ACLU Asks U.S. Appeals Court
to Defer to Guam High Court
on Rastafarian’s Right to Use
Marijuana for Religious Purposes
source: ACLU, November 2, 2001
HONOLULU — In a first-of-its-kind case involving the right of a Rastafarian in Guam to use marijuana for religious purposes, the American Civil Liberties Union on Monday will tell a federal appeals court that fundamental religious freedoms should not be stunted by one nation’s “war on drugs.”
“Just as eight states have passed local laws recognizing the usefulness of marijuana for medicinal purposes, the U.S. territory of Guam should be allowed to guarantee individuals the right to use marijuana for religious purposes without fear of federal interference,” said Graham Boyd, Director of the ACLU’s Drug Policy Litigation Project.
The ACLU is representing Rastafarian and Guam native Ras Iyah Ben Makhana, (also known as Benny Toves Guerrero), before the Ninth Circuit Court of Appeals this Monday, November 5, in People of Guam v. Benny Toves Guerrero.
In a landmark ruling last year, Guam’s highest court held that use of marijuana by a Rastafarian for religious purposes is protected under the Free Exercise Clause of the Constitution of Guam. Historically, federal courts have recognized the special competence of territorial supreme courts to rule on matters of local tradition and culture, according to Nelson Tebbe of the ACLU, who will be arguing the case on behalf of Makhana.
“Rastafarianism is a legitimate religion,” Tebbe said. “Our client Ras Makahna is a devout adherent to this religion, and the use of marijuana as a sacrament is necessary for the practice of this faith. Guam’s high court is best suited to understand and appreciate the unique customs of its people.”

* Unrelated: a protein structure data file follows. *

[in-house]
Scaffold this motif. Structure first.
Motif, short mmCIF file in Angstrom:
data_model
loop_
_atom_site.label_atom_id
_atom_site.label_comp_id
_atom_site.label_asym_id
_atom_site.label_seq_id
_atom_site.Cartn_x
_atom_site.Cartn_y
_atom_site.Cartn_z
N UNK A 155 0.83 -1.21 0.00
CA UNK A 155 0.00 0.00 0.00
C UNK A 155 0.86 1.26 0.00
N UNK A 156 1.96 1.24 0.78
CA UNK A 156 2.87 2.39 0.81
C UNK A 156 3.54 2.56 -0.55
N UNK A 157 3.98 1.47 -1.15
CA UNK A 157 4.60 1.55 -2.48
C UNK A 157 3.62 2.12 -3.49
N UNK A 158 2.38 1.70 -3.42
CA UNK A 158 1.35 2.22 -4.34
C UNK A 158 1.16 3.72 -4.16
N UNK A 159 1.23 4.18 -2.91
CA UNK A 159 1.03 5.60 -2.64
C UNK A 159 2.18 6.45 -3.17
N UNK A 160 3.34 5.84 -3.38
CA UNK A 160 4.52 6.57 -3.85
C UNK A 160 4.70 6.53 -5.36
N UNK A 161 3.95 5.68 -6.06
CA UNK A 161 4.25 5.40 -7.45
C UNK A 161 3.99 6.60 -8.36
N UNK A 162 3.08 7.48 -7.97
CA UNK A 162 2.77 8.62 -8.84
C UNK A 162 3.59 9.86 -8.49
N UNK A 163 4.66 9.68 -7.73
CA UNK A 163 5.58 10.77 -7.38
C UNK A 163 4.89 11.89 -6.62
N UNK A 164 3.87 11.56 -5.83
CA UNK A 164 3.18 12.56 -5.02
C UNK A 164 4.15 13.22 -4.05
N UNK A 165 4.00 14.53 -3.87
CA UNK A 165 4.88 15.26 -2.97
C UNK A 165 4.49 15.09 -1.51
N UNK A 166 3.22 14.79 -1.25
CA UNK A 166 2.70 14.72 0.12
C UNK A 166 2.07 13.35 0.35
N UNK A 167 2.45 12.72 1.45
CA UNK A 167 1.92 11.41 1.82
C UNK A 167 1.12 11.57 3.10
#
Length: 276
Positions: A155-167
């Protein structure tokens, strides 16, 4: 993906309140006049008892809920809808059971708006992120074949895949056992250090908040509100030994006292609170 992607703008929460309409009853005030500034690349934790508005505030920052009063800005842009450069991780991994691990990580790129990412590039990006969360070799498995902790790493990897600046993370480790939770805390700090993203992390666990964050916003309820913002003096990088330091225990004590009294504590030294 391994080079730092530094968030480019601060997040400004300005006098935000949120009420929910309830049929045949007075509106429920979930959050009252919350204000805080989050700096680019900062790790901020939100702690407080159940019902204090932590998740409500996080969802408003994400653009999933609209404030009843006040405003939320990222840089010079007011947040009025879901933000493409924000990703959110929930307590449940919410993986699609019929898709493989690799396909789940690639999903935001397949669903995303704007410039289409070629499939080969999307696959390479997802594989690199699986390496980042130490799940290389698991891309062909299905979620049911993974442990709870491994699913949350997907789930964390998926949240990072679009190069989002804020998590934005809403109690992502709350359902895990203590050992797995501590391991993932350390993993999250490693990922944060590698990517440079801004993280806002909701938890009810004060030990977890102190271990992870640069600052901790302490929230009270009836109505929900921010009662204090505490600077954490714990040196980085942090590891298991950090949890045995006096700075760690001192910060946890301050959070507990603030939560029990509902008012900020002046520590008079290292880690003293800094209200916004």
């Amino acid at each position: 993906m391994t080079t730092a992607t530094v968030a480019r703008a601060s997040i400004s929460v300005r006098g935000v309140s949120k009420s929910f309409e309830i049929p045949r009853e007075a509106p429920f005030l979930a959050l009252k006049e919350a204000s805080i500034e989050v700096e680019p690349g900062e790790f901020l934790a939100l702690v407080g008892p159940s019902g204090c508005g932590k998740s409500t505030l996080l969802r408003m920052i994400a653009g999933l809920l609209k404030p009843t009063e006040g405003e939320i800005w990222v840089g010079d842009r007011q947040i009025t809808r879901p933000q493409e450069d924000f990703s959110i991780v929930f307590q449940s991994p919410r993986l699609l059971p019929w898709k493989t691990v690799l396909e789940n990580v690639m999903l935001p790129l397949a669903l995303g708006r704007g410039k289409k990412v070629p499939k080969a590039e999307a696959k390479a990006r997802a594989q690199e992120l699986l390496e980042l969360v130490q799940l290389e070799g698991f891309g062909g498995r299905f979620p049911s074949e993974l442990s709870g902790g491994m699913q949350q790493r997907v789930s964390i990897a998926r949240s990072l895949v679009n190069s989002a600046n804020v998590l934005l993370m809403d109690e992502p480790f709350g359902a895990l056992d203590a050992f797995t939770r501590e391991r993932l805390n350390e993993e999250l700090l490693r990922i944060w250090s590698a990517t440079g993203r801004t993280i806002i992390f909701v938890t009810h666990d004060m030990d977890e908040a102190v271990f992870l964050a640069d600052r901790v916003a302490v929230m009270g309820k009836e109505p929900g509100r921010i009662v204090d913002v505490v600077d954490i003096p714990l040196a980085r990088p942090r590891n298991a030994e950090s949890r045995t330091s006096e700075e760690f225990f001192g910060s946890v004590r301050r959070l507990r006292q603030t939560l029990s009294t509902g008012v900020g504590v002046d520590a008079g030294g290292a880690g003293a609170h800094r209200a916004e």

The case arose on January 2, 1991, when Ras Makhana was arrested at the A.B. Won Pat Guam International Airport carrying marijuana. He was charged with importation of a controlled substance.
Makhana moved to dismiss his indictment on the grounds that the prosecution violated his right to freely exercise his religion under the Constitution of Guam and the Religious Freedom Restoration Act. A lower court agreed and on September 8, 2000, the Supreme Court of Guam affirmed the lower court’s ruling. The government of Guam then appealed that ruling to the Ninth Circuit.
“We are hopeful that the Ninth Circuit will allow the ruling of the Guam Supreme Court to stand,” said Tebbe. “Much progress has been made in promoting the medicinal and healing properties of marijuana. We must be careful to not allow the hysteria caused by the ongoing war on drugs to infringe upon religious freedoms.”
Guam is an island of about 160,000 people in the North Pacific Ocean. It is 549 square miles -- about three times the size of Washington, D.C. Guam is an organized, unincorporated territory of the U.S. with policy relations under the jurisdiction of the U.S. Department of the Interior. Its legal system is modeled on the U.S. and is covered by U.S. federal law and local Guam law.
Daniel Abrahamson of the San Francisco based Lindesmith Center joined the case as co-counsel when it went to the Ninth Circuit for review.